The Glean Team
A collaboration between Glean team members.
Including the questions that every AP team should be asking themselves
To get an edge in accounts payable, you need an intelligent accounts payable process that not only makes you a more efficient AP professional, but also provides strategic context on your company’s expenses while helping you identify wasteful vendor spend. We call this Smart AP.
Smart AP platforms, like Glean, not only provide operational efficiencies, but also make your vendor spend review processes and budget vs. actual meetings significantly more insightful.
More on that later — first, here are the three ways to make your accounts payable process more strategic and value-creating for your company.
Step #1: Analyze Spend
Does your spend comply with the terms established with your vendor? Do spending levels match your expectations?
If the answers aren’t clear to you, then we recommend you analyze your spend by performing a variance analysis on the vendor level to see if costs went up or down from the prior period.
If there is a significant or unexpected variance in spend, ask the respective budget owner:
- Do the pricing terms match what’s in our contract?
- Were new features added?
- Did usage increase or decrease?
- And for any identified changes, be sure to ask and understand why.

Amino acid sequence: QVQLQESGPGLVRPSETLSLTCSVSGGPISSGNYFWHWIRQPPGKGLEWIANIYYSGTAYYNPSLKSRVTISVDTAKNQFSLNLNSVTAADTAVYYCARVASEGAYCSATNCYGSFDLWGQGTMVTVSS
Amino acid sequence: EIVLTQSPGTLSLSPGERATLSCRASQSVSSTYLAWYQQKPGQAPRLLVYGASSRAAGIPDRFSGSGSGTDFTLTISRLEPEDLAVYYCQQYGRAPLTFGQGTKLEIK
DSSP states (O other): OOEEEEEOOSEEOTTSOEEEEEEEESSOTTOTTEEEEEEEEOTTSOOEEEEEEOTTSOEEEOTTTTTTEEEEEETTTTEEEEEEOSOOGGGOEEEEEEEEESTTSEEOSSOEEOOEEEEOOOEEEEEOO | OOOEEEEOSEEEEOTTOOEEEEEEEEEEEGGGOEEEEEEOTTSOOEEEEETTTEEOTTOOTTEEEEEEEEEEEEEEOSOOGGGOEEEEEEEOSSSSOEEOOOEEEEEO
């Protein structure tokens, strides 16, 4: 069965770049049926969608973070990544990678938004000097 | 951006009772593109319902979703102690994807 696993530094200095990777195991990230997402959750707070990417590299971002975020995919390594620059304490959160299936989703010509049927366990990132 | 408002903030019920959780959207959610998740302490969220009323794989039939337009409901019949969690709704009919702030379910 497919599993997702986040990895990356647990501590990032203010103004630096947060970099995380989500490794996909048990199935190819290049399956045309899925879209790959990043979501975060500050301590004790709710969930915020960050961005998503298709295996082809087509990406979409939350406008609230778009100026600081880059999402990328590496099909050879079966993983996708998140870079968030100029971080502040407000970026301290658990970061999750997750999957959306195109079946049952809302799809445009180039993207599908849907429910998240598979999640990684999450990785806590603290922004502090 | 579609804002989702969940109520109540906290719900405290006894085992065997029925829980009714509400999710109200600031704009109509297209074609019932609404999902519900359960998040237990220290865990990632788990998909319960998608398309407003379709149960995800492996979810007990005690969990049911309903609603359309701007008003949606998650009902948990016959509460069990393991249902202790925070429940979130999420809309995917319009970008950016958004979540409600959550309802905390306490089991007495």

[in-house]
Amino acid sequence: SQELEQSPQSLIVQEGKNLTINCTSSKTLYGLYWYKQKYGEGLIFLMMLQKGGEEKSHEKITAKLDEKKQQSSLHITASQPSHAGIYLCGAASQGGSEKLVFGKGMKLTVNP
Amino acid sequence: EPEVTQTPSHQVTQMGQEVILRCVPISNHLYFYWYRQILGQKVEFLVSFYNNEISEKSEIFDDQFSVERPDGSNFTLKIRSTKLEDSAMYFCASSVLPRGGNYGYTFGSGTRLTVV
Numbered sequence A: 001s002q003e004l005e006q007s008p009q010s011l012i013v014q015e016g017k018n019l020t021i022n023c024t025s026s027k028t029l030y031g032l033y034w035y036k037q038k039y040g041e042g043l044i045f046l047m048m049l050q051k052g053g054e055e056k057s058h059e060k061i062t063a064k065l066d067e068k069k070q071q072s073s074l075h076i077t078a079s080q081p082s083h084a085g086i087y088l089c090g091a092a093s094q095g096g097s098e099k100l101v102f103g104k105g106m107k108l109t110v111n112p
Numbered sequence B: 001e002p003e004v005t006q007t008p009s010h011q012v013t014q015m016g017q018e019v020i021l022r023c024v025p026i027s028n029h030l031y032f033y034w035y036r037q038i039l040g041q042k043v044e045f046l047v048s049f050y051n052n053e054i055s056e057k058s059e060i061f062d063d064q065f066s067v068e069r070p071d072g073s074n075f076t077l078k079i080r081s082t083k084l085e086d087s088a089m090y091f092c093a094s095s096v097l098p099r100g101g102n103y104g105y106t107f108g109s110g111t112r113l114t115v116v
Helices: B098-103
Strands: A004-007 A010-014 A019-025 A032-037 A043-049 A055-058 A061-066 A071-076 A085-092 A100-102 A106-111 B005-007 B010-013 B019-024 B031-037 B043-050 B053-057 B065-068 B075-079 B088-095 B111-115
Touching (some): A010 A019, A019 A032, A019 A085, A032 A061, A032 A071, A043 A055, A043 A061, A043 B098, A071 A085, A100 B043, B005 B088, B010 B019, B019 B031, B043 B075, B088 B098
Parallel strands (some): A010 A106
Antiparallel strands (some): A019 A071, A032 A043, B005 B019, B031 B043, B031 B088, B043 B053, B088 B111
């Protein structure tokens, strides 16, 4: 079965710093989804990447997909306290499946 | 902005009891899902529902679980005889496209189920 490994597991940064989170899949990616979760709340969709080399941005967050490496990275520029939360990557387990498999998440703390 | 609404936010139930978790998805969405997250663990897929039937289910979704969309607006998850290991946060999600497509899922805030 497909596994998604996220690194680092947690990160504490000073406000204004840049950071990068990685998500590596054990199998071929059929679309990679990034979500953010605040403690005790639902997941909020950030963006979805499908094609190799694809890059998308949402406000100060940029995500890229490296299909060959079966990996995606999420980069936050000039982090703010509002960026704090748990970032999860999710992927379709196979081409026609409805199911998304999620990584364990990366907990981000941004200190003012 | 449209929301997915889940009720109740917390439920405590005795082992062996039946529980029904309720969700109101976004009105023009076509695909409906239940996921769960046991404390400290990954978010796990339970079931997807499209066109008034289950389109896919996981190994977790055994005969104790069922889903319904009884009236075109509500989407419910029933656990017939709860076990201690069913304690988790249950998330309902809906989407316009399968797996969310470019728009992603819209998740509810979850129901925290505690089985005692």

If usage changed, investigate to see if this correlates with your company’s internal metrics or KPIs. For example, if your month-over-month headcount increased 10% percent but your costs for Slack went up 25%, that change doesn't match up and you should drill down further to understand what drove the Slack increase.
Luckily, tools like Glean are available to help you easily analyze these activities and assess the drivers of any change. Specifically, Glean will analyze your invoices at the line-item level so that you can compare time periods, analyze line items, and understand changes on all your vendor spend, including bills paid through AP or with credit cards. The result: actionable insights on all the drivers of all your vendor spend.
Step #2: Determine if You’re Actually Receiving an ROI from Your Vendors
It’s important for finance teams and AP professionals to challenge budget owners on whether the company is realizing a return on investment on their vendor spend. AP teams can accomplish this by asking a few simple questions.
Does your vendor add value to the business? What business goals are supported?
Business goals evolve over time and the initial reasons to use a vendor may no longer be relevant. Or, you may have agreed to trial a vendor’s new feature for two or three months, decided it wasn’t for you, and simply forgot to cancel the trial, thus leaving that feature as a buried and forgotten line-item in your monthly invoice (quick note: a Smart AP platform will identify line-item bloat such as this). It’s important to check in and periodically ask budget owners these questions to find which vendors can be scaled back or cut out entirely.